EARLY morning, 4.31 am. An Earthquake measuring 6.7 on the Richter Scale hits Los Angeles. It is Monday, January 17, 1994 I am asleep, safe in bed and know absolutely nothing about Earthquakes. When the first shockwave hit, I am catapulted out of bed. There were two pulses to begin with — the first strong enough to bring down the Santa Monica Freeway, the second sufficiently violent to knock out the city’s electricity supply.
I was dazed, waking up out of bed and on the floor as if the earth had suddenly shifted South, or the apartment had been hit by a jumbo. A little disturbing. There was a sense of adrenaline, excitement, questioning. Why now, why me, is this the end of the world? All I could hear were car sirens, a few gas explosions, the ground rocking back and forth like jelly as waves from the Pacific Ocean crashed back onto Venice Beach . For a brief short while, I was totally alone, I panicked. Then I remembered the drill: “switch off the gas!” The rush to prevent the hazard of fire and live electrical cables, brought a surge of renewed energy and alertness.
Outside, our neighbours on Horizon Avenue, had begun to emerge like an army of zombies, wide-eyed and confused. I searched for my neighbour, film-maker Jeremy Handler, who was still bunkered down, huddled under a bed. Outside we gathered for comfort in small groups, listening to a car-radio for news. “What a shock! I’m sure you all felt that one,” exclaimed a radio announcer in disbelief. There was no telling how bad things were in the rest of the city. Luckily an emergency radio station had gone on air. Information is of vital importance in any disaster and the all station link-up is tested every day, and is a fact of life in Southern California like the noon gun in Cape Town.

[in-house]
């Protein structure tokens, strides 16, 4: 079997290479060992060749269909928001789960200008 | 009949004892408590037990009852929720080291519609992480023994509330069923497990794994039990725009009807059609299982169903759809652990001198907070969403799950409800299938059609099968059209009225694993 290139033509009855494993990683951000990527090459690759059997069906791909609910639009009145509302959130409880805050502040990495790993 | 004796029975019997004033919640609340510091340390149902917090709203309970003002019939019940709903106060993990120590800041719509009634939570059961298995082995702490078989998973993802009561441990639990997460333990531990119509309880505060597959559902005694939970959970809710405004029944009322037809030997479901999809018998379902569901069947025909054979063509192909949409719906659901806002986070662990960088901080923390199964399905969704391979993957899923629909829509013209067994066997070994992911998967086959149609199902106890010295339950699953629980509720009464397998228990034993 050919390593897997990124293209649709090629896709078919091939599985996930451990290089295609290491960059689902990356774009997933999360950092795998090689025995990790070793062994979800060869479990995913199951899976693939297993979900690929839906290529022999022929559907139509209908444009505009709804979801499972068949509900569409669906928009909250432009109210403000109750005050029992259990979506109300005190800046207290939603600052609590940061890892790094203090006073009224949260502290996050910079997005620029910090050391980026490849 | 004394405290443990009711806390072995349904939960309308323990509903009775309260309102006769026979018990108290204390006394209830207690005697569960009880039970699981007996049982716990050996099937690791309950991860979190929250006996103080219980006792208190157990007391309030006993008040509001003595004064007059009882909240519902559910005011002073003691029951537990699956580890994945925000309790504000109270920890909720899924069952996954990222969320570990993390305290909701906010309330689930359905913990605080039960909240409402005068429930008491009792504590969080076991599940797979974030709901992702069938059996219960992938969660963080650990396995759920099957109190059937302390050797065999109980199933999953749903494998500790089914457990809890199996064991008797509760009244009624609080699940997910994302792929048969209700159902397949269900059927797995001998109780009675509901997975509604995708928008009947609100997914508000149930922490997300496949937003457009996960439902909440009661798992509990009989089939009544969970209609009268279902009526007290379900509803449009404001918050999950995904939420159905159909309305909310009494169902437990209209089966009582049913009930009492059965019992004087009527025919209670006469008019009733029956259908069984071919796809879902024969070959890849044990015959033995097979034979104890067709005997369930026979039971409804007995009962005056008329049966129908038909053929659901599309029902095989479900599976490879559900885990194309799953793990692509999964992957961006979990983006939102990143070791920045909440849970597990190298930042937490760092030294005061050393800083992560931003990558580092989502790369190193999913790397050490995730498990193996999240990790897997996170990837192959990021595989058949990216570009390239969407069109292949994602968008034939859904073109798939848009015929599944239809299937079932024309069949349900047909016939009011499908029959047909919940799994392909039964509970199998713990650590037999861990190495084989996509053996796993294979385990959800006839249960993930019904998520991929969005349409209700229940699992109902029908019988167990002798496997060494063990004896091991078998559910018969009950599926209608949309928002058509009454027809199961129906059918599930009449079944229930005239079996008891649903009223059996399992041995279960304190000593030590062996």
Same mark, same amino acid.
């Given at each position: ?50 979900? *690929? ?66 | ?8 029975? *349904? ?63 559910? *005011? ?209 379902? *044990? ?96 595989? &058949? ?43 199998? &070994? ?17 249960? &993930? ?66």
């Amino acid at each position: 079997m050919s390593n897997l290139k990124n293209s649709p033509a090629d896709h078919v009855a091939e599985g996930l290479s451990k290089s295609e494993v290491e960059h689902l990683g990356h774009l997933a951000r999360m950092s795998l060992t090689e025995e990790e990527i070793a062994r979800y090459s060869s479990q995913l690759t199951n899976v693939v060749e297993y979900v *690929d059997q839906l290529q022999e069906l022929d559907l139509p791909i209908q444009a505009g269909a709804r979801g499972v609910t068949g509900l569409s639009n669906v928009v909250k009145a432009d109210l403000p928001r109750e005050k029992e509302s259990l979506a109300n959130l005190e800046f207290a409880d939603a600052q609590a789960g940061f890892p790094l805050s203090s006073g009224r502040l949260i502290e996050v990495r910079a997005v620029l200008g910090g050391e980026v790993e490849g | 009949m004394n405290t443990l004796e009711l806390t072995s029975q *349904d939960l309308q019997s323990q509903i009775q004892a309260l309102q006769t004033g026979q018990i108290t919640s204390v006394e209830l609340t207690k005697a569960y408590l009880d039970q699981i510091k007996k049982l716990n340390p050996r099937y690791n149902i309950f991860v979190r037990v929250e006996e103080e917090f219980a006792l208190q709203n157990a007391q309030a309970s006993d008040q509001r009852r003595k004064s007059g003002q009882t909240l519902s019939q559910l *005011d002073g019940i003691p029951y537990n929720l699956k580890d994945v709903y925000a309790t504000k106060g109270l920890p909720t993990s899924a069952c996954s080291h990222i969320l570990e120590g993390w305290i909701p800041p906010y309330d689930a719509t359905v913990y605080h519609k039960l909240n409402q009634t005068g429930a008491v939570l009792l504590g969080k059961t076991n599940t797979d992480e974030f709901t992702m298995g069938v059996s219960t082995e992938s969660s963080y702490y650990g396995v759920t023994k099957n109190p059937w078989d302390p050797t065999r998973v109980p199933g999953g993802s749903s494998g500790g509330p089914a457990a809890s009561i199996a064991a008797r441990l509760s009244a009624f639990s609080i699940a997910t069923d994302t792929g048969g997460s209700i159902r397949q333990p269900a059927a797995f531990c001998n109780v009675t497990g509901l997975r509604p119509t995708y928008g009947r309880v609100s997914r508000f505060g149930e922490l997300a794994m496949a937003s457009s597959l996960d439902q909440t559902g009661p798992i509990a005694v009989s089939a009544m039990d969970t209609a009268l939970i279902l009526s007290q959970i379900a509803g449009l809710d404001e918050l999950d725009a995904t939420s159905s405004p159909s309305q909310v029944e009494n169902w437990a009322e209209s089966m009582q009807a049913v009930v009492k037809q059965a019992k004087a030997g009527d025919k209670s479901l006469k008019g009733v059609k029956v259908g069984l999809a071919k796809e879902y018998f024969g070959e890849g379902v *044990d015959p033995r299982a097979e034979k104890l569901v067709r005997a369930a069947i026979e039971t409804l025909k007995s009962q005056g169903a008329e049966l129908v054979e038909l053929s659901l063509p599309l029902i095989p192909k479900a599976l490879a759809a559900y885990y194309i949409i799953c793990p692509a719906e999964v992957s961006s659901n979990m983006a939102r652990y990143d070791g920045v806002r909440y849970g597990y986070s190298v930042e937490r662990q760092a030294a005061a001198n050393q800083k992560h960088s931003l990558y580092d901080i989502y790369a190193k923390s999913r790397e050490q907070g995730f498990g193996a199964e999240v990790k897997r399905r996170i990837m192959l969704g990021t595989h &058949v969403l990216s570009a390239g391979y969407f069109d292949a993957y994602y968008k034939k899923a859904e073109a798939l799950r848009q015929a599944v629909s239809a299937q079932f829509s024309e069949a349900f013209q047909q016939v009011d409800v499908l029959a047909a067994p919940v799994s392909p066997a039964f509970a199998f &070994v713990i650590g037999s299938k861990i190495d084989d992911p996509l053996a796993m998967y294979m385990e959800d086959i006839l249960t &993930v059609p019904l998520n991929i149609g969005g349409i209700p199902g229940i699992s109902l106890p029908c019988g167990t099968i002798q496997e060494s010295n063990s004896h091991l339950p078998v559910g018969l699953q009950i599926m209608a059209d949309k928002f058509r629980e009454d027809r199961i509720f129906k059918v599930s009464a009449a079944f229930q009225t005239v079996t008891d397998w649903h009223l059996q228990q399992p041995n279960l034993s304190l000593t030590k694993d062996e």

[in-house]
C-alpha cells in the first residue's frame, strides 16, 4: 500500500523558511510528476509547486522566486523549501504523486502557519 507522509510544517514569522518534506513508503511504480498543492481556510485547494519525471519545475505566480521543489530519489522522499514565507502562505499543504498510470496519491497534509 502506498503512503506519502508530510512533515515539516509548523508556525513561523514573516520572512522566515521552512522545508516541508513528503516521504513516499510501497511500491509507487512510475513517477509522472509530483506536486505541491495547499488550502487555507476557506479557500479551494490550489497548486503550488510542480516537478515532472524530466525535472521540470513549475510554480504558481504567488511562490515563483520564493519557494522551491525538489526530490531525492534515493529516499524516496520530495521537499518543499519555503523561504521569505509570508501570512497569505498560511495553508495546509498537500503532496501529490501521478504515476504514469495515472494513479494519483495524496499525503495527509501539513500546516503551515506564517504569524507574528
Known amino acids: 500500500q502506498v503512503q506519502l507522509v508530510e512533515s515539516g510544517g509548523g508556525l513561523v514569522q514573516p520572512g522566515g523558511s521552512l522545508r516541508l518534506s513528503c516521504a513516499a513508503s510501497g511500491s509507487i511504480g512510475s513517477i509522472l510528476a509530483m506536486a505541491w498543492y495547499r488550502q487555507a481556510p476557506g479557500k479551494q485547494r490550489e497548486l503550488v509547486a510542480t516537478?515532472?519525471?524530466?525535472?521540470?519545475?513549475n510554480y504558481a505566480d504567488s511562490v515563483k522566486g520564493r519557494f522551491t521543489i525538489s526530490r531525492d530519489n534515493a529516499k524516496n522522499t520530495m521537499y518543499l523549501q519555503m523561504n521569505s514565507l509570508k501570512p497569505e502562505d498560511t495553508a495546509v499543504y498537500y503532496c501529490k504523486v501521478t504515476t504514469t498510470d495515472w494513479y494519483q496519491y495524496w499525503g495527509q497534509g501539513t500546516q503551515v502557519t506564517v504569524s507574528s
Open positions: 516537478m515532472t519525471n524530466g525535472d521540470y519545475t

Back on Venice Beach, it’s pitch black, no electricity and eerily quiet. No sound of humming air conditioners, buzzing street lights or music, and then, gradually, bit by bit, everyone is irrevocably talking and chatting to each other, in a city of 12 million faceless people. That morning I got to meet my Latino neighbours for the very first time.
As dawn broke, we waited for more news. United States Federal Government intervention would come much later on in the day, but for at least 12 hours we were on our own. Eventually a semblance of order emerged —the National Guard would be sent in, taking control of the streets, to enforce a curfew, as a type of martial law took over for the duration of a period that was more traumatic than the initial shock. The thing about quakes is that they are geological events measured in periods of time greater than our human scale. As far as the North Ridge quake was concerned, the fault-line was still brewing, churning, moving, and so without any warning another big shock came at 7 am. Aftershocks measuring between 4 and 5 on the Richter scale would suddenly arrive in waves of energy that continued to cause damage and disruption in our lives for the week and then for at least a month. At the time seismologists were predicting at a year of sporadic aftershocks along the same fault line and from the same event.